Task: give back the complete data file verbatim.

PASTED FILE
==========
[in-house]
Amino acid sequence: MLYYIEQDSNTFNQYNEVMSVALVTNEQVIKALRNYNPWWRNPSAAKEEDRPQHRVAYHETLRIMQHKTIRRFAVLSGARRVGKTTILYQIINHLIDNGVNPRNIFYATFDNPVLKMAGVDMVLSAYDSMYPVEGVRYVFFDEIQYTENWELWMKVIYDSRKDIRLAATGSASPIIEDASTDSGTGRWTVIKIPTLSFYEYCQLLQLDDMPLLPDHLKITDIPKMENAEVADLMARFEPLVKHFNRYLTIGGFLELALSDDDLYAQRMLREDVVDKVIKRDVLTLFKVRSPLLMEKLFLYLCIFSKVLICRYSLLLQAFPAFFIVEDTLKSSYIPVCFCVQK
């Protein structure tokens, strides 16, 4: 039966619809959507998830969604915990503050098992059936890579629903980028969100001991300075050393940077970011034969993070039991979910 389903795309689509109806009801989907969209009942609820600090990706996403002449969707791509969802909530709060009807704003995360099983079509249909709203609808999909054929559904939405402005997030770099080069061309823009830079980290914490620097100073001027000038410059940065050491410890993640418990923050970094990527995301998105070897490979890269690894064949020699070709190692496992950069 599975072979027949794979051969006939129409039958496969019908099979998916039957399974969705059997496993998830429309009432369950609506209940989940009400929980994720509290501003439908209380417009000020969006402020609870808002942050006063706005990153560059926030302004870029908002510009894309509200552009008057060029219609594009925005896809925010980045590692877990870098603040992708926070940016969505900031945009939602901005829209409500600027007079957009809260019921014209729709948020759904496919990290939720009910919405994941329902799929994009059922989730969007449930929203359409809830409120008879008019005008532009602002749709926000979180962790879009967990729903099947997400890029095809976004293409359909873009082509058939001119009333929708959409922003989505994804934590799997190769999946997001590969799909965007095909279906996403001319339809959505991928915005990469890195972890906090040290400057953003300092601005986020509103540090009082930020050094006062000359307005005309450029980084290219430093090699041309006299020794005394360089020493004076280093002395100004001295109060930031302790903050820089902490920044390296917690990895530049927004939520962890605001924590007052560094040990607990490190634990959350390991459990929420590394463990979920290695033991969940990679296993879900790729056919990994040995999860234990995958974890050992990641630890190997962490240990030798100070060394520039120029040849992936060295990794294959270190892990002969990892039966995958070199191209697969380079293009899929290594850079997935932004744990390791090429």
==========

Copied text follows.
[in-house]
Amino acid sequence: MLYYIEQDSNTFNQYNEVMSVALVTNEQVIKALRNYNPWWRNPSAAKEEDRPQHRVAYHETLRIMQHKTIRRFAVLSGARRVGKTTILYQIINHLIDNGVNPRNIFYATFDNPVLKMAGVDMVLSAYDSMYPVEGVRYVFFDEIQYTENWELWMKVIYDSRKDIRLAATGSASPIIEDASTDSGTGRWTVIKIPTLSFYEYCQLLQLDDMPLLPDHLKITDIPKMENAEVADLMARFEPLVKHFNRYLTIGGFLELALSDDDLYAQRMLREDVVDKVIKRDVLTLFKVRSPLLMEKLFLYLCIFSKVLICRYSLLLQAFPAFFIVEDTLKSSYIPVCFCVQK
């Protein structure tokens, strides 16, 4: 039966619809959507998830969604915990503050098992059936890579629903980028969100001991300075050393940077970011034969993070039991979910 389903795309689509109806009801989907969209009942609820600090990706996403002449969707791509969802909530709060009807704003995360099983079509249909709203609808999909054929559904939405402005997030770099080069061309823009830079980290914490620097100073001027000038410059940065050491410890993640418990923050970094990527995301998105070897490979890269690894064949020699070709190692496992950069 599975072979027949794979051969006939129409039958496969019908099979998916039957399974969705059997496993998830429309009432369950609506209940989940009400929980994720509290501003439908209380417009000020969006402020609870808002942050006063706005990153560059926030302004870029908002510009894309509200552009008057060029219609594009925005896809925010980045590692877990870098603040992708926070940016969505900031945009939602901005829209409500600027007079957009809260019921014209729709948020759904496919990290939720009910919405994941329902799929994009059922989730969007449930929203359409809830409120008879008019005008532009602002749709926000979180962790879009967990729903099947997400890029095809976004293409359909873009082509058939001119009333929708959409922003989505994804934590799997190769999946997001590969799909965007095909279906996403001319339809959505991928915005990469890195972890906090040290400057953003300092601005986020509103540090009082930020050094006062000359307005005309450029980084290219430093090699041309006299020794005394360089020493004076280093002395100004001295109060930031302790903050820089902490920044390296917690990895530049927004939520962890605001924590007052560094040990607990490190634990959350390991459990929420590394463990979920290695033991969940990679296993879900790729056919990994040995999860234990995958974890050992990641630890190997962490240990030798100070060394520039120029040849992936060295990794294959270190892990002969990892039966995958070199191209697969380079293009899929290594850079997935932004744990390791090429």